RunCore, a company which specialises in SSD products for consumers, industrial products, enterprise and defense told us that they will be displaying their latest SSD offerings at CeBIT 2012, the world’s largest IT fair in Hannover, Germany. They will be located in Hall 11, Booth A11-1-5-1 from the 6th to the 10th of March.
This week is once again an exciting time for SSD reviews with the main highlight being the Vertex 3 Pro, one of the first to feature the Sandforce SF-2582 controller. Several previews have been posted already by AnandTech, Legit Reviews and PC Perspective, so expect more including full reviews to come over the coming week.
In the past, we wrote a story for each review we announced, but with the ever increasing number of SSD reviews being published on a wide range of hardware websites, we have now decided to collect the links and announce these each Friday in a story that we call SSD Reviews Friday. All the full reviews listed here include benchmarks and some also include real world tests.
According to Fudzilla and Softpedia, OCZ plans launching a range of USB 3.0 SSDs in May, the OCZ Enyo, which will feature a slimline case with a USB 3.0 Micro B connection and capacities of 64GB, 128GB and 256GB.
While eBay is generally a way to get a great bargain such as cheap compatible batteries, it’s also plagued with fake goods with flash pen drives and memory cards being a very serious problem now. Like imitations of branded clothing and footwear, these imitation flash drives look very realistic, including the shrink-wrapped packaging and appear to work fine at a first glance. However, they usually end up costing the unsuspecting users far more than the cost of the drive!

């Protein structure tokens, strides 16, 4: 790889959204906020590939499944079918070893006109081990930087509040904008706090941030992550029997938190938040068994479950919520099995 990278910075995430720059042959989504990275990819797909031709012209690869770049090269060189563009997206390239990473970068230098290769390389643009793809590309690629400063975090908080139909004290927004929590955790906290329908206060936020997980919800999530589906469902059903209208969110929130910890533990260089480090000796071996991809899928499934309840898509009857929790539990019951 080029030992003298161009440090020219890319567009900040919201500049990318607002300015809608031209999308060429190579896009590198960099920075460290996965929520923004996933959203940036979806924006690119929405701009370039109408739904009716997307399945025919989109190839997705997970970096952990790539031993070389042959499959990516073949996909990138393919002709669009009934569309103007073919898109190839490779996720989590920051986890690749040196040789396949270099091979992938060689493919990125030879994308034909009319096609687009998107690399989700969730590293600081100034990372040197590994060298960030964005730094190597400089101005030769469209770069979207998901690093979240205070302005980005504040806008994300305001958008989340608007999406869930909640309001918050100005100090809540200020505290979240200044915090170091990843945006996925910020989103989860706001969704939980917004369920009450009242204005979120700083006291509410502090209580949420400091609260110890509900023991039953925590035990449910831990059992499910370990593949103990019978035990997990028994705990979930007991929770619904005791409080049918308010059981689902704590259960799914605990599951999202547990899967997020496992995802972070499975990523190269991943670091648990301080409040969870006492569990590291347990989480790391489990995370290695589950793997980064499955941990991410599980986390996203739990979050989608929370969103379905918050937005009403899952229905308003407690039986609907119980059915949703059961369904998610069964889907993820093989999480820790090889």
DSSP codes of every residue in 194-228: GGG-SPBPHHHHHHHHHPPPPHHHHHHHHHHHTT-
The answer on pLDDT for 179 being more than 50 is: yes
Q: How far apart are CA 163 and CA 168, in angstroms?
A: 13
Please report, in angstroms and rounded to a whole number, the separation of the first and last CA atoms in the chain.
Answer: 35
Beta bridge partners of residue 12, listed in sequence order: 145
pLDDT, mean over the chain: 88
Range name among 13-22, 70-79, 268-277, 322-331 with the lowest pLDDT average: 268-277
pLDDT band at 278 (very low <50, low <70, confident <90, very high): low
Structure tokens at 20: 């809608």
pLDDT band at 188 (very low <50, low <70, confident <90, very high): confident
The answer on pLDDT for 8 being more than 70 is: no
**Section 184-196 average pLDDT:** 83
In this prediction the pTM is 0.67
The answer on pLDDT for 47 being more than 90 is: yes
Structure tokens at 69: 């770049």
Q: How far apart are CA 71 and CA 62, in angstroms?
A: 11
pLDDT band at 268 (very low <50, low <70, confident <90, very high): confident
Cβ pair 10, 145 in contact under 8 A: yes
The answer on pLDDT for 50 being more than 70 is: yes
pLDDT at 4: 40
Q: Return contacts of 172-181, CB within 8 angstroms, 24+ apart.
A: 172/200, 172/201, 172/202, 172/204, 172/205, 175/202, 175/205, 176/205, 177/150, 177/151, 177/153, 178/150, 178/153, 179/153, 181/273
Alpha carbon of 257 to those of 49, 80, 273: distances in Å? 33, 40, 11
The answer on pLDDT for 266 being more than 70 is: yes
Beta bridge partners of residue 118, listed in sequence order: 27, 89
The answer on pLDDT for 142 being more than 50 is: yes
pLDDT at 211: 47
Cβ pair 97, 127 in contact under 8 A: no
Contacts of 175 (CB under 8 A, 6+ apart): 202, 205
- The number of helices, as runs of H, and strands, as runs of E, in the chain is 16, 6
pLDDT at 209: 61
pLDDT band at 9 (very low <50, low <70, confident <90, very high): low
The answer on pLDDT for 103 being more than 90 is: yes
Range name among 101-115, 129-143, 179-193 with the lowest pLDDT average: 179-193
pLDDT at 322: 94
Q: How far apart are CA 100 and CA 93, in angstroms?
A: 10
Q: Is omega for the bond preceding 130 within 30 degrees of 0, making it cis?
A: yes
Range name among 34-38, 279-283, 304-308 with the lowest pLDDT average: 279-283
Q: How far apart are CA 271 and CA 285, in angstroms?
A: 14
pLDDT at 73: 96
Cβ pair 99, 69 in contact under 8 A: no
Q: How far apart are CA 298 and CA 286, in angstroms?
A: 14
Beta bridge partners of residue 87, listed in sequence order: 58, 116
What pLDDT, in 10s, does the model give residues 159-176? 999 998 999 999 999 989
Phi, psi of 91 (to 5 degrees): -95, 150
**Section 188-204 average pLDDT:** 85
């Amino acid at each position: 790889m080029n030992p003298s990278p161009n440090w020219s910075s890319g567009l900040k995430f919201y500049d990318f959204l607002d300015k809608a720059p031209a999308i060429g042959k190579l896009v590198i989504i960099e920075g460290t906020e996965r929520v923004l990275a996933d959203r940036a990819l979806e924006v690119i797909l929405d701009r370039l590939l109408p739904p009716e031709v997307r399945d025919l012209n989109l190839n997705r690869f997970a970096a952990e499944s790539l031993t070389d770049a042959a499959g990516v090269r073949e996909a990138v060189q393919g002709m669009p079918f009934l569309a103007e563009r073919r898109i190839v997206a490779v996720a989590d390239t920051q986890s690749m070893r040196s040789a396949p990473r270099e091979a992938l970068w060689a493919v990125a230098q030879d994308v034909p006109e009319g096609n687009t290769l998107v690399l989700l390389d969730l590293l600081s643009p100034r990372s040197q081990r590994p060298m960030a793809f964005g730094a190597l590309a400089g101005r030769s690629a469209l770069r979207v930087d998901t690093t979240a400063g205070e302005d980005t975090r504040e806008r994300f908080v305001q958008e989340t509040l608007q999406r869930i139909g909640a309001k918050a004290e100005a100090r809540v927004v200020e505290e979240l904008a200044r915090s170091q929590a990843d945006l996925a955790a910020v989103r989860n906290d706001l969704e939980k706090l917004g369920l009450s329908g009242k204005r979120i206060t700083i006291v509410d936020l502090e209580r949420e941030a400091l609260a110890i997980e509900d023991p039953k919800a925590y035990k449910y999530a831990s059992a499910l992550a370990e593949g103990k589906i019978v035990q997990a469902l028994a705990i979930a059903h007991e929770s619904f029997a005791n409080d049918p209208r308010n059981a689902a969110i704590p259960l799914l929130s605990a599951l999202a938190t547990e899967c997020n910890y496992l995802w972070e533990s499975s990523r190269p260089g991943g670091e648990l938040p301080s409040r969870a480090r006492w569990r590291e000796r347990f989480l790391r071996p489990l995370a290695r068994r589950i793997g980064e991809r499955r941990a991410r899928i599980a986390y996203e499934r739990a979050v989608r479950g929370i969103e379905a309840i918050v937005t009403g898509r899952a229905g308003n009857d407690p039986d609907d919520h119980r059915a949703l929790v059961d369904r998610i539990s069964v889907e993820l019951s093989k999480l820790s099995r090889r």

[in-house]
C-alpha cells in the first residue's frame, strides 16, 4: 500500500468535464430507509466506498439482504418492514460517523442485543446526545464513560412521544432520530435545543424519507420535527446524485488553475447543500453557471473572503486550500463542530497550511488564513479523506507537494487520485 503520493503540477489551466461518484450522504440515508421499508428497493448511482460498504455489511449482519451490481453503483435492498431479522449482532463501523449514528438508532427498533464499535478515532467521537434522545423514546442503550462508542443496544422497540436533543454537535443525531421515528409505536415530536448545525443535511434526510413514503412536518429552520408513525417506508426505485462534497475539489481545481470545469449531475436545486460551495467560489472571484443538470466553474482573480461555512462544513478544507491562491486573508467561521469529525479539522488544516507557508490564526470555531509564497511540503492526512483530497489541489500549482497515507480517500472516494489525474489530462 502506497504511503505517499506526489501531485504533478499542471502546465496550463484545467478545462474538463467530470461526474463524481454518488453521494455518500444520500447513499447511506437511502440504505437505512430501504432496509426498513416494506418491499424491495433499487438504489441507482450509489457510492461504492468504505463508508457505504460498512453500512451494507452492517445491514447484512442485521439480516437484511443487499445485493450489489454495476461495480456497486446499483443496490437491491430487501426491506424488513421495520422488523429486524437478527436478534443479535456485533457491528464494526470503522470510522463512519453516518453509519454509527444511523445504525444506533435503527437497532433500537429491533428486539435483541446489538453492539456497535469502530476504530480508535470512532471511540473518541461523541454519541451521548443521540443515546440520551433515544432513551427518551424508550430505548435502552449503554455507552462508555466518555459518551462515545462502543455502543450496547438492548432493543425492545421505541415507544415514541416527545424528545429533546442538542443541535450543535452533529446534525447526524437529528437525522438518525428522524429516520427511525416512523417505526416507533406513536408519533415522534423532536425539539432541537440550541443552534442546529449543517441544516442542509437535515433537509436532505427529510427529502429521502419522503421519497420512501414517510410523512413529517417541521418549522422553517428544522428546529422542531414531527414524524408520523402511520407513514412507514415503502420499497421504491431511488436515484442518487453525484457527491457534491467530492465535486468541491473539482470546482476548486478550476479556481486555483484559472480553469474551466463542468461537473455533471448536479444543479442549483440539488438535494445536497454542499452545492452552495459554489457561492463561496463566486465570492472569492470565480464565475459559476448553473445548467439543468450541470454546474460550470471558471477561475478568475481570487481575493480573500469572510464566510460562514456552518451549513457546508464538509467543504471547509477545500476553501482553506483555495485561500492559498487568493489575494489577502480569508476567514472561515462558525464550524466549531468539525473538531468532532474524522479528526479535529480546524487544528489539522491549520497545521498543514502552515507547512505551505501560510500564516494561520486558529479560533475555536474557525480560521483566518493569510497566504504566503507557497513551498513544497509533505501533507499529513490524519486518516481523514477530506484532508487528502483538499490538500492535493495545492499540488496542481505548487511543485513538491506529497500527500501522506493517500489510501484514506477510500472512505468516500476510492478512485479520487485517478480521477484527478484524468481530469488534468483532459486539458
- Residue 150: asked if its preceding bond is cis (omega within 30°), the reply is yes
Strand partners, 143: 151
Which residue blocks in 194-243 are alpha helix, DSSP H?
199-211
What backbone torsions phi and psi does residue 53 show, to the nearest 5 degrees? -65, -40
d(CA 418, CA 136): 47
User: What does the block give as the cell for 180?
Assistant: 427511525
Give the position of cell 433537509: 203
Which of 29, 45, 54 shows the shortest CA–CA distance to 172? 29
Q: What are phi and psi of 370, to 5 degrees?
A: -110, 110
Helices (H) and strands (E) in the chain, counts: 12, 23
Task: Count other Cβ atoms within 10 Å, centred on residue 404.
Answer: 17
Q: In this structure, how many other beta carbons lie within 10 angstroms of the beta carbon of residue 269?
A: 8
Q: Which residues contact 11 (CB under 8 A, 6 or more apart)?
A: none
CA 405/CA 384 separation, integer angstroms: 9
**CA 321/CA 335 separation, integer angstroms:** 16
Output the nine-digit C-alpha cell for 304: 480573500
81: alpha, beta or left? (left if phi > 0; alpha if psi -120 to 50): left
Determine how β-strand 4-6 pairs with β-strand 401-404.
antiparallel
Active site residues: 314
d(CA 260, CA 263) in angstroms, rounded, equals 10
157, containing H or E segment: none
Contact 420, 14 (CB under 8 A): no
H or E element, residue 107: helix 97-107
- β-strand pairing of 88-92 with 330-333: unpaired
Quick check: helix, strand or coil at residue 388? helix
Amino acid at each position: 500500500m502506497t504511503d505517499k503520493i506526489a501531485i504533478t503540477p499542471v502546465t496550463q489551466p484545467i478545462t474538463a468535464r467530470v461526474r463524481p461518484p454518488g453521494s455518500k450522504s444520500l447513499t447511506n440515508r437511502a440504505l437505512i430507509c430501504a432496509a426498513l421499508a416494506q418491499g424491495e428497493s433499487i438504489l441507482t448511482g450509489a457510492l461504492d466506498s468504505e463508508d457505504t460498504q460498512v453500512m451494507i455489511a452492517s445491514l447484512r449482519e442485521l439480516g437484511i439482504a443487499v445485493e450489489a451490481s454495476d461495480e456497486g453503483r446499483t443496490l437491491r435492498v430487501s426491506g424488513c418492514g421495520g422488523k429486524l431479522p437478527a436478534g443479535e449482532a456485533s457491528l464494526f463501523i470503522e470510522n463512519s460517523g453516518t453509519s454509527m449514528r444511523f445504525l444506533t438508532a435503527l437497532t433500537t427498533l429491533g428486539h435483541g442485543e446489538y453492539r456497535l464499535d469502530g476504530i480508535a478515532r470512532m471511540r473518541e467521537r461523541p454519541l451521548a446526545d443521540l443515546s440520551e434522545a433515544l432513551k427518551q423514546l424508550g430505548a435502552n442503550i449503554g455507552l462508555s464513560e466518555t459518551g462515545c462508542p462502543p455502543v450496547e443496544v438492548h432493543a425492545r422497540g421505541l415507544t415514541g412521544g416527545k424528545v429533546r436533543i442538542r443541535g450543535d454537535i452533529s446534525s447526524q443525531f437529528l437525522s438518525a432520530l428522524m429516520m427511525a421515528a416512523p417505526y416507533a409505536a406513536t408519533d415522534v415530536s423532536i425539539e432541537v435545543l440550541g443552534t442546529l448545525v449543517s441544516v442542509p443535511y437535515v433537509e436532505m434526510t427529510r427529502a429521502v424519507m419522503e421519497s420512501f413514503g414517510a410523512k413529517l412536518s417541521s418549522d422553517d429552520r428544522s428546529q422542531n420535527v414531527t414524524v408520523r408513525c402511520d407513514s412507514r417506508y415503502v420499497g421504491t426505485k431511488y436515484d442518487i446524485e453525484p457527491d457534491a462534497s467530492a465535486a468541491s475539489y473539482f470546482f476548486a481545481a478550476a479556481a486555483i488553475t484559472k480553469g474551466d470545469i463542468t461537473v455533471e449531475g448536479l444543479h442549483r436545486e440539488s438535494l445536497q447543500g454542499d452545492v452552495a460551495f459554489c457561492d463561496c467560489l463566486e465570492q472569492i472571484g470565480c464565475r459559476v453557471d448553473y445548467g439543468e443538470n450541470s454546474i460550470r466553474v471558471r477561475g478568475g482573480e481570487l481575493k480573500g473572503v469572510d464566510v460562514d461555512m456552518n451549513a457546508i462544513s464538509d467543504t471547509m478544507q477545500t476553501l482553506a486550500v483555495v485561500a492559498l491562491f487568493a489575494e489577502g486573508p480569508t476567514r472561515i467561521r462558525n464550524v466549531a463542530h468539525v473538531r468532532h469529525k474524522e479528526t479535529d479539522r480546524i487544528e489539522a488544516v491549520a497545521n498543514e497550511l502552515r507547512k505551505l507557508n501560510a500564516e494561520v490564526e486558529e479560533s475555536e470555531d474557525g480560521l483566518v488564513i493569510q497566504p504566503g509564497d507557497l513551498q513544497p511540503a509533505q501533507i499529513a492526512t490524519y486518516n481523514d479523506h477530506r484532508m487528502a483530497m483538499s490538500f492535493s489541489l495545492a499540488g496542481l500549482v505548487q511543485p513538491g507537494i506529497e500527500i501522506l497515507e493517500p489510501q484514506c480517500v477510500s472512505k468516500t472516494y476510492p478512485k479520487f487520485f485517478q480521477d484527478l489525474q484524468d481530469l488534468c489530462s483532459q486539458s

The consumer electronics giant Samsung has announced the production of 32-gigabit MLC NAND, produced using the 20nm fabrication, making them the first to use 20nm fabrication. So far other companies including Intel/Micron and Toshiba have only been talking about it.
As most computer professionals know, cache is a very effective way of speeding up hard disk performance in PCs and servers by storing frequent read (and write) operations. So operators of busy file and web servers often put as much RAM as they can afford or which the server can take for additional cache space. Adaptec has announced its own caching card, the MaxIQ, which uses an Intel X25-E Extreme SLC solid state drive (SSD) instead of RAM for the cache and coding ideas licensed by Microsoft that covers using SSDs for read caching.